Notes on the data: Screening programs - Bowel screening
National Bowel Cancer Screening Program: males/ females/ persons receiving a positive test result, 2014/15
Policy context: Colorectal cancer (CRC), also known as bowel cancer, is one of the commonest forms of cancer in Australia, with around 80 Australians dying each week from the disease. Bowel cancer can be treated successfully if detected in its early stages, but currently fewer than 40 per cent of bowel cancers are detected early. Screening has been shown in randomised trials to reduce the incidence of and mortality from CRC  .
Since 2006, the Australian Government has initiated a limited CRC screening program,which aims to reduce the incidence and death from bowel cancer, by using a one-time immunochemical faecal occult blood test (FOBT) for people aged 50, 55 and 65 years. The second phase of the National Bowel Cancer Screening Program (NBCSP) commenced on 1 July 2008 and offered testing to people turning 50 years of age between January 2008 and December 2010, and those turning 55 or 65 between July 2008 and December 2010. Ongoing funding has meant the program will continue to operate, expanding to include those turning 60 years of age from 2013 and those turning 70 years of age from 2015. In 2017-18 the program will introduce biennial screening, which once fully implemented will be offered to all Australians aged between 50 and 74 years, as per the recommendations by the National Health and Medical Research Council for two-yearly screening .
In addition to the NBCSP, a variety of FOBT kits are available in Australia to screen for bowel cancer either available over the counter from pharmacies, through medical practitioners, or through other programs such as BowelScreen Australia, an education and screening initiative run by The Pharmacy Guild of Australia, and BowelCare, a community service project of various Rotary clubs and districts. The data contained within this report only represent participation within the NBCSP implemented by the Australian Government in partnership with the state and territory governments, not the other mentioned programs operating within the community.
- Towler B, Irwig L, Glasziou P, et al. A systematic review of the effects of screening for colorectal cancer using the faecal occult blood test, hemoccult. BMJ. 1998;317:559-65.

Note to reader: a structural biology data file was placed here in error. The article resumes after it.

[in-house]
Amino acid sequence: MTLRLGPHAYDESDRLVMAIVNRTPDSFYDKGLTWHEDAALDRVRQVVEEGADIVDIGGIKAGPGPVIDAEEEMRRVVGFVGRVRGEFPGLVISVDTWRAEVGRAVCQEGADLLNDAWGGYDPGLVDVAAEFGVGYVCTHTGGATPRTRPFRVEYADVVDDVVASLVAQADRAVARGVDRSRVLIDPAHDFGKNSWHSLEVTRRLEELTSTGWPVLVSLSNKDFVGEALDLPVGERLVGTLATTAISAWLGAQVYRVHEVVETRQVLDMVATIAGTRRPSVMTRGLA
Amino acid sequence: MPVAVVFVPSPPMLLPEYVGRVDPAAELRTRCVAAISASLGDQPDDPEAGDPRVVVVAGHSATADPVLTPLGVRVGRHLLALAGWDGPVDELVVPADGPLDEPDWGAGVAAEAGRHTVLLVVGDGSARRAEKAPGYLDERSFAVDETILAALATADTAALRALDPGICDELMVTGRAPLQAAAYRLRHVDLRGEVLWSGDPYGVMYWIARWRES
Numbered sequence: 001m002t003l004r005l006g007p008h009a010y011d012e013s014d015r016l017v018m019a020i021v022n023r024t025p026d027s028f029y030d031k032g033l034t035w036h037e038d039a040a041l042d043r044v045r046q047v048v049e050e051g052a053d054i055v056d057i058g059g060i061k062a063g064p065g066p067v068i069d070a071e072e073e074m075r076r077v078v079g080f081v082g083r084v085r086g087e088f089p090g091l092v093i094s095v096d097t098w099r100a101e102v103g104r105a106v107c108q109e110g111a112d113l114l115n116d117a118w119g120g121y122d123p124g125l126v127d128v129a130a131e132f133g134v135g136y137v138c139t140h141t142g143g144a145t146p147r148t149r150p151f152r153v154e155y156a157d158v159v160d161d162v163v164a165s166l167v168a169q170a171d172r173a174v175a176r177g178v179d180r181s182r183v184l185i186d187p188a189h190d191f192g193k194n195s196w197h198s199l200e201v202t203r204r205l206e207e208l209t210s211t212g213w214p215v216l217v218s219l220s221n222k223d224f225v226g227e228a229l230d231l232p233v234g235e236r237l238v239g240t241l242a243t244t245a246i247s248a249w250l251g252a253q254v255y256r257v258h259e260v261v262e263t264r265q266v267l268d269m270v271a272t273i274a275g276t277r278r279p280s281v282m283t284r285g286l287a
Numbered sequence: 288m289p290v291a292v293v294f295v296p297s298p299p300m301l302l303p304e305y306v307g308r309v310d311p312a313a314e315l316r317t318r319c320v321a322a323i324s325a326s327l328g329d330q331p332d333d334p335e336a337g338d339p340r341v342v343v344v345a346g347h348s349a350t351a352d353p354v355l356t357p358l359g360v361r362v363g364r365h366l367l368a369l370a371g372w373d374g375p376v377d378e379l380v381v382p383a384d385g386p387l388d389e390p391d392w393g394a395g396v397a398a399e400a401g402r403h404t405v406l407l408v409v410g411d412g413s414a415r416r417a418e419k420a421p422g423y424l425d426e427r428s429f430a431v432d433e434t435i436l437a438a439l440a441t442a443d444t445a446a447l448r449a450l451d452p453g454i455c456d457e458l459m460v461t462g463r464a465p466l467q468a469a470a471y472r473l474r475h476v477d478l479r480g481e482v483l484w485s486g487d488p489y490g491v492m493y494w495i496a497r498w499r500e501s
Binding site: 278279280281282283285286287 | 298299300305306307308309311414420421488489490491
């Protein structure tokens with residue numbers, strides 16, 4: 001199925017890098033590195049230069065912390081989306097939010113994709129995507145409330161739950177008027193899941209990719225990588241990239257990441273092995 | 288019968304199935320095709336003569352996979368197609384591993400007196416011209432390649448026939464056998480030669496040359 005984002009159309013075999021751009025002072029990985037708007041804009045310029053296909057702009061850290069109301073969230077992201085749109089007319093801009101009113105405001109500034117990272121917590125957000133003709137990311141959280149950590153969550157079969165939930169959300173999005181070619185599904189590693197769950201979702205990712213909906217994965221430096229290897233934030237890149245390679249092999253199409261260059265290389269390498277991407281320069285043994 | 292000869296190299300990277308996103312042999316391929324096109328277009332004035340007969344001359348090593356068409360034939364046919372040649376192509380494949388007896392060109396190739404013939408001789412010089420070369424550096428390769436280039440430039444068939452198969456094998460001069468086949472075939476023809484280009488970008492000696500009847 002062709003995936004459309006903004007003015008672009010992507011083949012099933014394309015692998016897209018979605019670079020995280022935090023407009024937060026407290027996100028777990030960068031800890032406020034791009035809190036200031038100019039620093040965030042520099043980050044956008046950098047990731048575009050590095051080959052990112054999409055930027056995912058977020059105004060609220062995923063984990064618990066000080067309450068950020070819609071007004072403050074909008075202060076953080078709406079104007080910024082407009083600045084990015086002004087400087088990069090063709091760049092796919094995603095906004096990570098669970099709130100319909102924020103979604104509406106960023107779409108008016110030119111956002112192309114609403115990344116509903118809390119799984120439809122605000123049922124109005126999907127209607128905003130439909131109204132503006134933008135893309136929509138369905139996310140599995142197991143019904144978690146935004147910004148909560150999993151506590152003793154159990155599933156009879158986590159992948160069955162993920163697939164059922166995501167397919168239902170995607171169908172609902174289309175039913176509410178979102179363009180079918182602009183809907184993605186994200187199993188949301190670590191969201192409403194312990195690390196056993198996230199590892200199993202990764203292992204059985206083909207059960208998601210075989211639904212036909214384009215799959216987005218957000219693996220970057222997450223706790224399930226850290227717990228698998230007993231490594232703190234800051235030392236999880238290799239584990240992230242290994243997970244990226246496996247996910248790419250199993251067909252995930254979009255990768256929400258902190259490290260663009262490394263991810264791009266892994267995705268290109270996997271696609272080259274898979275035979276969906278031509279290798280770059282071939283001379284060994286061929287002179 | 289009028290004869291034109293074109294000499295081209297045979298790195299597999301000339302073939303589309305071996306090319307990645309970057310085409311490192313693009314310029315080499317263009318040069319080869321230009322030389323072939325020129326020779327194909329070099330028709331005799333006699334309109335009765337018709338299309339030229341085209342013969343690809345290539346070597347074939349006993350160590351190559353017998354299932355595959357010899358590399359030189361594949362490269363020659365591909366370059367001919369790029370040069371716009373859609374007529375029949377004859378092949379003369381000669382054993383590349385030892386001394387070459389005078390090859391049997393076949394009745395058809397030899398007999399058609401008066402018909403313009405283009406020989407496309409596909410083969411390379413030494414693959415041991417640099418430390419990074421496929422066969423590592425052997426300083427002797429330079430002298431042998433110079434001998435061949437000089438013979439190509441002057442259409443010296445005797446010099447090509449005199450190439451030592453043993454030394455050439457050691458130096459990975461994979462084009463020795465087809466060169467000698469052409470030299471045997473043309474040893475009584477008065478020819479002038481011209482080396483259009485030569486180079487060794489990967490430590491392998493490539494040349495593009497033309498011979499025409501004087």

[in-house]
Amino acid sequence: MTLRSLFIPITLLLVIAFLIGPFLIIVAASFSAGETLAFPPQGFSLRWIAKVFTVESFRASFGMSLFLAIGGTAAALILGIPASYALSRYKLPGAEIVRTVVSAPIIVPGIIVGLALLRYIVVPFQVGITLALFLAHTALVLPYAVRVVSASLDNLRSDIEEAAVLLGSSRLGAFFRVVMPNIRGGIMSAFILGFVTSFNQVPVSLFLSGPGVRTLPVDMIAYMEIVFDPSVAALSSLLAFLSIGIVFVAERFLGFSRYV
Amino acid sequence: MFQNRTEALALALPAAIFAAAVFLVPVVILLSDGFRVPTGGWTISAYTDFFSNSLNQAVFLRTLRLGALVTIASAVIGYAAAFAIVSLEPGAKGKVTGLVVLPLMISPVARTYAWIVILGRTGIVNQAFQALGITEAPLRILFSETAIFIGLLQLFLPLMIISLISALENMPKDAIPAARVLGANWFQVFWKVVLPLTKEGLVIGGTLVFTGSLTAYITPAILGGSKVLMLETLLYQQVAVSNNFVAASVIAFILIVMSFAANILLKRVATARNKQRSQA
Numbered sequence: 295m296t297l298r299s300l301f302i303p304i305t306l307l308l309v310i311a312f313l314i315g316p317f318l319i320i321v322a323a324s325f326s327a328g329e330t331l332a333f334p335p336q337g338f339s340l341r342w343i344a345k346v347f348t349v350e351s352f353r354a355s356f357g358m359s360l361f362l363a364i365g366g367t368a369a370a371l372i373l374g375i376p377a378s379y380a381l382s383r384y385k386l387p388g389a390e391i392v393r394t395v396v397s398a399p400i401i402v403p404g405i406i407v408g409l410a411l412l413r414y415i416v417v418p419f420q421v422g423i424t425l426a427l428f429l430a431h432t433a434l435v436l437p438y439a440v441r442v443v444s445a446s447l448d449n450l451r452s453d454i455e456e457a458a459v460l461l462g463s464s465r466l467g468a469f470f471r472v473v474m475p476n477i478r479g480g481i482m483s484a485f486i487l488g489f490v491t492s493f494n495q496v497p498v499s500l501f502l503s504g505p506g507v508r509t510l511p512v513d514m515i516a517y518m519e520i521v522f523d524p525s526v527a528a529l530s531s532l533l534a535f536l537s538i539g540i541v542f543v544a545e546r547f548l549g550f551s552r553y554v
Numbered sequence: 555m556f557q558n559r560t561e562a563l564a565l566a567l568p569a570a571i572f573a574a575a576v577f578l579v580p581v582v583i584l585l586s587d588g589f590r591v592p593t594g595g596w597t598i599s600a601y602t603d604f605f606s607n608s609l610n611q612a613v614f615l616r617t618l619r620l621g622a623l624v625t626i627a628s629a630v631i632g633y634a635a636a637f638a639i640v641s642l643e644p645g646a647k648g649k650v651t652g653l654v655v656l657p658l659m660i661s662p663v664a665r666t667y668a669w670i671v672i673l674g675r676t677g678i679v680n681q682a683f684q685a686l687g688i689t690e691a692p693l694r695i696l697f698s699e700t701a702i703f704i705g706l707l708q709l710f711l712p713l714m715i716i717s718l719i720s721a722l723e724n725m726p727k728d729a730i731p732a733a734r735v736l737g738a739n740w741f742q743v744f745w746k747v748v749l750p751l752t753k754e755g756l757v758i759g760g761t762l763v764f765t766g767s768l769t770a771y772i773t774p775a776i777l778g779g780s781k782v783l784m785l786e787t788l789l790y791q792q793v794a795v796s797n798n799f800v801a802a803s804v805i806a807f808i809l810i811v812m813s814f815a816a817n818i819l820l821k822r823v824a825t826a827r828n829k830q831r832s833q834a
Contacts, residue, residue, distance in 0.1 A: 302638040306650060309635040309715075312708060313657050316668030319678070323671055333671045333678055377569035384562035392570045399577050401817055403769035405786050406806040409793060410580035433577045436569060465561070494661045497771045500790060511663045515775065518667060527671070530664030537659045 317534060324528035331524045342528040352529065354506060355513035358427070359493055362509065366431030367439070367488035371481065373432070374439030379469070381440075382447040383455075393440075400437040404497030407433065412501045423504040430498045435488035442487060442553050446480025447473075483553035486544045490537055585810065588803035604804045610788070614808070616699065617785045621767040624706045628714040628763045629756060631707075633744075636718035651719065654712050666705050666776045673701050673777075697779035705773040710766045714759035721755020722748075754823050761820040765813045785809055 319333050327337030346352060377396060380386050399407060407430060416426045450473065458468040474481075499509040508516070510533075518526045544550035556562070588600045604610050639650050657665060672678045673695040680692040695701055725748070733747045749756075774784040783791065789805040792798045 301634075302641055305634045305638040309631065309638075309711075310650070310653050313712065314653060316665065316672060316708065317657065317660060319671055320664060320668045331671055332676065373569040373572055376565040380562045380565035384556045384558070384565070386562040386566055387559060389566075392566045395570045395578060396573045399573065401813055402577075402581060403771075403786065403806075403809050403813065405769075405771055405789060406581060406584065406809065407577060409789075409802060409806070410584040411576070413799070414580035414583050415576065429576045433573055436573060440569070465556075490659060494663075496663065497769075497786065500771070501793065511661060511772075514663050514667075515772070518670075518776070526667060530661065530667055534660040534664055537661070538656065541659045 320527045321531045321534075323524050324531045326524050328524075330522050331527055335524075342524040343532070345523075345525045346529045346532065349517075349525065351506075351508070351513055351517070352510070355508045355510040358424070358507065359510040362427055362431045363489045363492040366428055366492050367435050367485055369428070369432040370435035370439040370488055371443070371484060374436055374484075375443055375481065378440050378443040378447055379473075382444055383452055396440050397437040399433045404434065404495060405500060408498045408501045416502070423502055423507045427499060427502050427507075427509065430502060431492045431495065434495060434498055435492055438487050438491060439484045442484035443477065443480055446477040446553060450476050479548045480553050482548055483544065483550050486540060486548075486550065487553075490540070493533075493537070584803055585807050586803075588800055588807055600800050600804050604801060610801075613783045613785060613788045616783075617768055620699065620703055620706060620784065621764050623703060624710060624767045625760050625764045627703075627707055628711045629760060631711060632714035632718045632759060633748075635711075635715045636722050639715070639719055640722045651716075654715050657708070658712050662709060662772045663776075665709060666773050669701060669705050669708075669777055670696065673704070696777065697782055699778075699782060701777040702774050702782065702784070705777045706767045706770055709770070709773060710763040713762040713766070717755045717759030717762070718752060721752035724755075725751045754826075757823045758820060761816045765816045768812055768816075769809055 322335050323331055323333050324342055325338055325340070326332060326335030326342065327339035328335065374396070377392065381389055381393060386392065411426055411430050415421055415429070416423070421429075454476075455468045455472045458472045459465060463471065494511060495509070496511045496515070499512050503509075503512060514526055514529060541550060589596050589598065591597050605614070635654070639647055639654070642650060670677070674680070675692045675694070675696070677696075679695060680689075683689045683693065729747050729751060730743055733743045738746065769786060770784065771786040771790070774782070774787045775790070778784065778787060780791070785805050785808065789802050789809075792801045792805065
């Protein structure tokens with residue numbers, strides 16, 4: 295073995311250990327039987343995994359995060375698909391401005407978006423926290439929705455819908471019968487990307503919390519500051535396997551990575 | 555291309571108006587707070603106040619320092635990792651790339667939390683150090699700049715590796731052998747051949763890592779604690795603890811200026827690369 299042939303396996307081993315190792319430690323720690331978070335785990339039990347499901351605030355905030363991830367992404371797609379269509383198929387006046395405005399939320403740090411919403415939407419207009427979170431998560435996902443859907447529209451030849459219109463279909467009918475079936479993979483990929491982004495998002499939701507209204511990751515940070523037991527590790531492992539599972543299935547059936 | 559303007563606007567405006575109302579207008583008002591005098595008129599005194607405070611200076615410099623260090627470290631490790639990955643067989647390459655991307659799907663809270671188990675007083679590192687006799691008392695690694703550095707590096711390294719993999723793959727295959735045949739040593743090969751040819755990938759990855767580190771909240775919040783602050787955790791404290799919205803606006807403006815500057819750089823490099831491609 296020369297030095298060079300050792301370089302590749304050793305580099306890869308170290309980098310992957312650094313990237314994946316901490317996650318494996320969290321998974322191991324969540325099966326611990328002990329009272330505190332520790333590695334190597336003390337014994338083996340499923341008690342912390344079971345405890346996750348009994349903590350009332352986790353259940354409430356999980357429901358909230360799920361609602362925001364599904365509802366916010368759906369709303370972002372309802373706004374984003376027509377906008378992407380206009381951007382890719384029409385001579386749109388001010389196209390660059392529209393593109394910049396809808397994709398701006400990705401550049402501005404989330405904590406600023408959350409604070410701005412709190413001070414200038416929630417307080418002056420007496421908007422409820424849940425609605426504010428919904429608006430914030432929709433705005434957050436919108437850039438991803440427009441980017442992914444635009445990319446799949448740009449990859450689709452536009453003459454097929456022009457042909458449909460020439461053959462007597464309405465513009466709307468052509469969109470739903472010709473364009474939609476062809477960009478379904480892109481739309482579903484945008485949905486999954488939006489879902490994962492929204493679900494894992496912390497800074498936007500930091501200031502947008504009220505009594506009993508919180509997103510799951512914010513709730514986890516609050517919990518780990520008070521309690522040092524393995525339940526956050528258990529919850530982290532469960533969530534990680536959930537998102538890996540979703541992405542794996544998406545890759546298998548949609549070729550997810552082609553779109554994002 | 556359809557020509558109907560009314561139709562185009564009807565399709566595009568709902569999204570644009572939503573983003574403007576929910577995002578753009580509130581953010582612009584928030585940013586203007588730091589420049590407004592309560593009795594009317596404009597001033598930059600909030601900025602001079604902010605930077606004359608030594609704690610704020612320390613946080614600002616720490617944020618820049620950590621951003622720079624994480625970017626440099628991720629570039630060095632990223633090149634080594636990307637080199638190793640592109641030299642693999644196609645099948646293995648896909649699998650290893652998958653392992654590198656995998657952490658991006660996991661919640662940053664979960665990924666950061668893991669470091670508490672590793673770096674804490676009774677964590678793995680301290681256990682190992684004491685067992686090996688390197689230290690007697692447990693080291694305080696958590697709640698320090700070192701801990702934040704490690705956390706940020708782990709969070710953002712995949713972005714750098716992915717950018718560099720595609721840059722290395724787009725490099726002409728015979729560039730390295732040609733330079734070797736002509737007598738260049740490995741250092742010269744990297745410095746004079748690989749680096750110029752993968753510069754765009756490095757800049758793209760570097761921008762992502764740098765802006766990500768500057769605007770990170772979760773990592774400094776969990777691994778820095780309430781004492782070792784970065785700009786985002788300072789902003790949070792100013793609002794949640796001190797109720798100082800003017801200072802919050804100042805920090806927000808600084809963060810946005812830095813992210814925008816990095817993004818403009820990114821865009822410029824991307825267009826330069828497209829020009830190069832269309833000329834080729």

- Atkin WS, Edwards R, Kralj-Hans I, et al; UK Flexible Sigmoidoscopy Trial Investigators. Once-only flexible sigmoidoscopy screening in prevention of colorectal cancer: a multicentre randomised controlled trial. Lancet. 2010;375:1624-33.
- Department of Health (DOH). National Bowel Cancer Screening Program [Internet]. [cited 2014 May 22, updated 2016 Mar 18]. Available from: http://www.cancerscreening.gov.au/internet/screening/publishing.nsf/Content/about-the-program-1
Notes: The outcome indicator presented is referred to as a 'positive test result'; a positive FOBT result indicates that blood has been found in the sample provided.
Where there are fewer than five people with a positive test result in an area, the data is usually suppressed to protect confidentiality. However, in this instance, this has not been applied to the data as the Department of Health has determined that the potential for re-identification is low.
This content is licensed under a Creative Commons Attribution-NonCommercial-ShareAlike 3.0 Australia licence.
Users of the National Bowel Cancer Screening Program (NBCSP) data must acknowledge the Department of Health as the original source of the data and include the following disclaimer:
- Formal publication and reporting of the National Bowel Cancer Screening Program (NBCSP) data is undertaken by the Australian Institute of Health and Welfare on behalf of the Department of Health. NBCSP data included in this report provided by the Department of Health is not part of the formal publication and reporting process for NBCSP data.
- Cautionary note about small numbers - Due to a larger degree of statistical fluctuation in small numbers, great care should be taken when assessing apparent differences involving small numbers and measures based on small numbers.
- In this edition the data for the APY Lands have been shown as `n.a.’ (not available), due to concerns as to the reliability of the data.
Geography: Data available by Population Health Area, Local Government Area, Primary Health Network, Quintiles and Remoteness Areas
Numerator: Number of males/ females/ persons aged 50, 55 or 65 years who received a positive test result from the Faecal Occult Blood Test (FOBT) in the National Bowel Cancer Screening Program between July 2014 and June 2015
Denominator: Number of males/ females/ persons aged 50, 55 or 65 years who participated in the National Bowel Cancer Screening Program between July 2014 and June 2015
Detail of analysis: Per cent
Source: Compiled by PHIDU based on data provided by the Department of Health from the National Bowel Cancer Screening Program, 2014/15.